Bafing River region, SW Mali

Brief History

This region came to anthropological attention when Kortlandt (1983) suggested that it was the most arid habitat in which chimpanzees live. Stimulated by this, I did a brief survey of the area (Moore, 1985) while searching for a savanna chimpanzee study site. I suspect it is the most arid chimpanzee habitat; while it may not have the lowest rainfall, rapid runoff due to lateritic plateaus and dry harmattan winds off the Sahel leave very little surface water or humidity. I elected not to pursue research there because there has been widespread hunting of nonprimates, leaving the chimpanzees in an ecologically disturbed setting. However, since my survey a National Park has been established in the catchment of the Manantali Dam (one of the largest in the world, completed in the mid-80s) and the area remains a potentially significant one for studying chimpanzee adaptation to arid habitats. The materials here may be useful for anyone interested in visiting the region.

In the early 1990s, Jean-Michel Pavy did an extensive survey of the area (focussing on chimpanzees) and when I last communincated with him was planning to participate in planning and implementation of the Park's management. I don't know of any publications or where he is now; I believe he wrote a project summary for WCI that may be available. In the mid-90s, Peace Corps volunteer Andrew Webster did some chimpanzee survey work in the area and may be pursuing that.


Name: Bafing River and SW Mali; catchment of Manantali Dam
Location: Soutwest Mali, roughly 12-13° N, 10-11° 30' W
Status: An area surrounding the catchment of the Mananatali dam, extending as far south as Bafing Makana, was recently created a National Park; otherwise most of the area is unprotected
Area: Chimpanzees are probably distributed (thinly) over thousands of square kilometers
Altitude: varies greatly m
Temp: --- °C
Rainfall: Region lies between 1100mm - 1300mm isohyets (PIRT, 1983); rain largely restricted to July through November.
Vegetation: Soudanien or soudano-guineen. Dominant trees on two plots I surveyed included Pterocarpus erinaceus, Combretum spp., Bombax costatum, Acacia machrostachya, Terminalia laxifolia, Daniellia oliveri, Gardenia erubescens, and Detarium microcarpum; others listed by PIRT (1983) include Lannea microcarpa, Isoberlinia doka, and Vitellaria paradoxa. In many areas open grasslands on thin-soiled plateaus are cut by thin riverine strips; elsewhere it is open woodland (see habitat photos).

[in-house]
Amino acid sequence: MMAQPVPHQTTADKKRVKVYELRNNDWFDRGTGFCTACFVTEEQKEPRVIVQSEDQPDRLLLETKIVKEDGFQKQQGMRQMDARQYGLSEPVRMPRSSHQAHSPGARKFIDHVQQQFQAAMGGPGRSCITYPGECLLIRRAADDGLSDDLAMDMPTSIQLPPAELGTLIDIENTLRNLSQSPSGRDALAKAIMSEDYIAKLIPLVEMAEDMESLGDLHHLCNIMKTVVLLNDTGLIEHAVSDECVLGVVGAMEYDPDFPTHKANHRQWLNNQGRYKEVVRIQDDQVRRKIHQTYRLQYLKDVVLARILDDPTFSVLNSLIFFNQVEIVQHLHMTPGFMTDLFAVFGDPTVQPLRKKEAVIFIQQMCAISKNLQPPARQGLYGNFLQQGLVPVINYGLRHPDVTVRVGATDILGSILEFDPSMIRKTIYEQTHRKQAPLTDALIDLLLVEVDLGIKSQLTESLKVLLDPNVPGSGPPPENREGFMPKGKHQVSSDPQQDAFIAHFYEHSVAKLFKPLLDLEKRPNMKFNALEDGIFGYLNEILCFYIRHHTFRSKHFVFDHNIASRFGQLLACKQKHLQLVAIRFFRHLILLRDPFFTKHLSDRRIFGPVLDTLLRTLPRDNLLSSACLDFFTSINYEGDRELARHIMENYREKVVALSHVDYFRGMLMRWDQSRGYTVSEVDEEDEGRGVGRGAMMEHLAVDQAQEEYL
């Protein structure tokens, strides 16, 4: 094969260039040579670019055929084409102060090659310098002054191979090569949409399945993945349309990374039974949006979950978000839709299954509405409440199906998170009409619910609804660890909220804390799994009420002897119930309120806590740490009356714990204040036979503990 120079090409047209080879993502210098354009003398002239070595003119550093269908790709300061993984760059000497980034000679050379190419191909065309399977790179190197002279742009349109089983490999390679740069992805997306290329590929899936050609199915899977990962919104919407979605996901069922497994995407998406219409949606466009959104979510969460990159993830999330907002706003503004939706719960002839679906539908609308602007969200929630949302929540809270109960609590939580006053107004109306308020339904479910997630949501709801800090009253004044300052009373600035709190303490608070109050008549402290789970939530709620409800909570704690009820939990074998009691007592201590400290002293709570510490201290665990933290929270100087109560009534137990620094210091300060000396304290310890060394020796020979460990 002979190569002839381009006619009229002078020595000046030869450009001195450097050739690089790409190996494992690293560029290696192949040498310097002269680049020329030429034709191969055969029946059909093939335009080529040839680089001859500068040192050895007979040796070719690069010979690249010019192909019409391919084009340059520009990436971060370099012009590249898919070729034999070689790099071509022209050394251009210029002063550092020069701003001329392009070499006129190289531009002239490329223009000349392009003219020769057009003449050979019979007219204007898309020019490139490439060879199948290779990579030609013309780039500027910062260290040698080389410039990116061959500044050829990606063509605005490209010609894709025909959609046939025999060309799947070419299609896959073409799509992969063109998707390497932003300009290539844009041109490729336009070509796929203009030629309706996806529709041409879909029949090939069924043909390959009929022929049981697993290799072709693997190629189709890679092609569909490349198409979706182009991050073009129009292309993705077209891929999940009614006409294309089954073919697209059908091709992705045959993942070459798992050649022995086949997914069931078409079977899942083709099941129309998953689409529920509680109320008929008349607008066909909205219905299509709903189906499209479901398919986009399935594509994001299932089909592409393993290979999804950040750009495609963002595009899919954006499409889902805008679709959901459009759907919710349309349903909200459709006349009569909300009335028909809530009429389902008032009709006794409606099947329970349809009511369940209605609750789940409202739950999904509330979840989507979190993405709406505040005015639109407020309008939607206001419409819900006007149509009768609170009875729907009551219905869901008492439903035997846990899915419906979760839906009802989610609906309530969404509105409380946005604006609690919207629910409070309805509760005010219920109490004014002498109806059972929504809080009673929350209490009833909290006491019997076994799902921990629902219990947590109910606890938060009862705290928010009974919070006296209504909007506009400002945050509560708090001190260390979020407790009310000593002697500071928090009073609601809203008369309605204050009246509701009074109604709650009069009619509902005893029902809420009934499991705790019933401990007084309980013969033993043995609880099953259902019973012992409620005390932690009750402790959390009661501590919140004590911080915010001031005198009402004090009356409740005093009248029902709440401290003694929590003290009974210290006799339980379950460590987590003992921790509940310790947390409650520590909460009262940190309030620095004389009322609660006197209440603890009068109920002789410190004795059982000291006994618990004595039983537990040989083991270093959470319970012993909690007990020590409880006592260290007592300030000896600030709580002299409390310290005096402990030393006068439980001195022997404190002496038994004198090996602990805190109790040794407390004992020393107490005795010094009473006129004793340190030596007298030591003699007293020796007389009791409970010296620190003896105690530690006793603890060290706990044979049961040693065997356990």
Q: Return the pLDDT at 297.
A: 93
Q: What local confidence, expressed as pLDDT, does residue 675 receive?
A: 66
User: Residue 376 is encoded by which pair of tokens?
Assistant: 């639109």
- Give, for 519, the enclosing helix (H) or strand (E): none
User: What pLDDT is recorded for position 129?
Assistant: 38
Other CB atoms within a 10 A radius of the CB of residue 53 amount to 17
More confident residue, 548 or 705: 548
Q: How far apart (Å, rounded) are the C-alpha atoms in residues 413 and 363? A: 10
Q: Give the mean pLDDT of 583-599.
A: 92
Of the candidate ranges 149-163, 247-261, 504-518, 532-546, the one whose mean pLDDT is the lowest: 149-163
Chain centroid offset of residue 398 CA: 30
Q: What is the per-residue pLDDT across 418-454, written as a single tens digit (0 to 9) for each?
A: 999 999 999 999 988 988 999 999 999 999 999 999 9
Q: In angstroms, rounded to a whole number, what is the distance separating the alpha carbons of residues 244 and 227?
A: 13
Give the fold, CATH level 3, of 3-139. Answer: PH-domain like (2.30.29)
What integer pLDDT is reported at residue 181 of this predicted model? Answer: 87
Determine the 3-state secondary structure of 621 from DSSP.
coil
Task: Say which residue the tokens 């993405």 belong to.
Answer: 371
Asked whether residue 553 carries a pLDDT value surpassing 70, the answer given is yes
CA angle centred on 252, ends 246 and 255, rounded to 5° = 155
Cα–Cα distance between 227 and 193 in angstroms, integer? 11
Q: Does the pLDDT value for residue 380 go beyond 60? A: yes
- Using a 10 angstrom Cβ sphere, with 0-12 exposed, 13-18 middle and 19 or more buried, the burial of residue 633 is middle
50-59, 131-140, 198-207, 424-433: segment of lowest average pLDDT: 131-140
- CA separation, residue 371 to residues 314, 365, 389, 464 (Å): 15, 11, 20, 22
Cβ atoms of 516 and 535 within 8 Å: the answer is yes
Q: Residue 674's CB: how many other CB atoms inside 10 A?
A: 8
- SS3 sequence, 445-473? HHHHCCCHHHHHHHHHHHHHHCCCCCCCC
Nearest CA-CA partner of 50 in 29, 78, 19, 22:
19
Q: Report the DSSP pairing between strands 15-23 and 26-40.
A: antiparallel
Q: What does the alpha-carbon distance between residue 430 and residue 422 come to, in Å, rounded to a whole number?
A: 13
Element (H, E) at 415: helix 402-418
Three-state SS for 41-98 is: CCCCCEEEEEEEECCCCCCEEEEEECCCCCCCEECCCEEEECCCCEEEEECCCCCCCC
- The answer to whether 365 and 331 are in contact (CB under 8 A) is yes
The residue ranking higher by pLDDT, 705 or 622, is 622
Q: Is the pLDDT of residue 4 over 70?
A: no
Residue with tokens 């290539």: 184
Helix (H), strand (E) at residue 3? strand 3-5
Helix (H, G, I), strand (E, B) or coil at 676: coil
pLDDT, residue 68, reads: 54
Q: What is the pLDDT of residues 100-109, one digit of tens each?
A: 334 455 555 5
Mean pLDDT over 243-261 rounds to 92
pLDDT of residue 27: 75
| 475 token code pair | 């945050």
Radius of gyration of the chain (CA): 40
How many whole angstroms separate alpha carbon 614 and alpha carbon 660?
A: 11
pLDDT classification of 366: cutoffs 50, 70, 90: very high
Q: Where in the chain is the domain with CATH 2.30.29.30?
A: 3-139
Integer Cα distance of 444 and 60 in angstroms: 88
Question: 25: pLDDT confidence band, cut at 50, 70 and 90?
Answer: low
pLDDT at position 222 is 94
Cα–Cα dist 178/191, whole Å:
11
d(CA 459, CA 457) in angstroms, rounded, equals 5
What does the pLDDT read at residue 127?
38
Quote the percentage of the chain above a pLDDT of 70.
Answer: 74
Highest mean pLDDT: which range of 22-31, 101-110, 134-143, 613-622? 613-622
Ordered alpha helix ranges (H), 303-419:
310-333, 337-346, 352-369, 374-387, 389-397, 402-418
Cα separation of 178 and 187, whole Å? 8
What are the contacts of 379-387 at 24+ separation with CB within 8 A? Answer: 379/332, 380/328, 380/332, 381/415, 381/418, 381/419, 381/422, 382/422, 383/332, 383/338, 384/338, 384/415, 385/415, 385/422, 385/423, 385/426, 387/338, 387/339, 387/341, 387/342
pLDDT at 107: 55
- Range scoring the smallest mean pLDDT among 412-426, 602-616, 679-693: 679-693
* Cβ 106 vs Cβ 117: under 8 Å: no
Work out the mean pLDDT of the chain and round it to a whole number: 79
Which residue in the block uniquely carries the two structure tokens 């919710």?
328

The entire region is thinly settled. People rarely hunt primates (but see Conservation below) but hunt everything else and animals are scarce.
Disturbance ratings -- 3, 2, 2, 2, 2
Low density, throughout region; isolated farms (nests seen within 100m of fields)
P. t. verus
Unkown but probably comparable to nearby Mt. Assirik -- 0.08 - 0.1 individuals per km2 If evenly distributed across the region (extrapolating from survey route) total population in western Mali would be 600-1,000 (in 1984)
Fauna: 1984 survey confirmed baboons (P. papio/anubis), vervets (C. aethiops), patas (E. patas) and galago were reported. Primates are only rarely hunted, but nonprimates have been hunted to very low numbers.
Survey of about 3 weeks in December, 1984
Habituation: None
Conservation: Chimpanzees are not traditionally eaten, but skins and tissues are used in traditional medicine. If 20-35% of chimpanzees are reproductive females and the interbirth interval is 5 years, between 24-70 infants would be born in Mali annually. The 3 skins I saw in Bamako in one month, in one market, thus represented 4-12% of annual production. Assuming several other cities have markets and that skins are fully used in less than a year, this traditional use alone places a heavy demand on the chimpanzee population.
Methods: Nest survey (no transects; not quantitative)
None (Jean-Michel Pavy??)
Habitat photos ---
Maps A 1:1,000,000 scale map of the region.
Aerial photos Detailed satelite imagery and analysis available in PIRT (1983) (to the extent that report is available; I was able to consult a copy at TAMS in New York).
  • Kortlandt, A. (1983). Marginal habitats of chimpanzees. J. Hum. Evol. 12: 231-278.
  • Moore, J. (1985). Chimpanzee survey in Mali, West Africa. Primate Conservation. 6: 59-63.
  • Moore, J. (1986). Arid country chimpanzees. AnthroQuest. 36: 8-10.
  • PIRT (1983). Les Ressources Terrestres au Mali. Govt. of Mali/US-AID/TAMS [project contracted to TAMS = Tibbet, Abbett, McCarthy & Stratton, based in New York]
  • Sayer, J. A. (1977). Conservation of large mammals in the Republic of Mali. Biol. Conserv. 12: 245-263.
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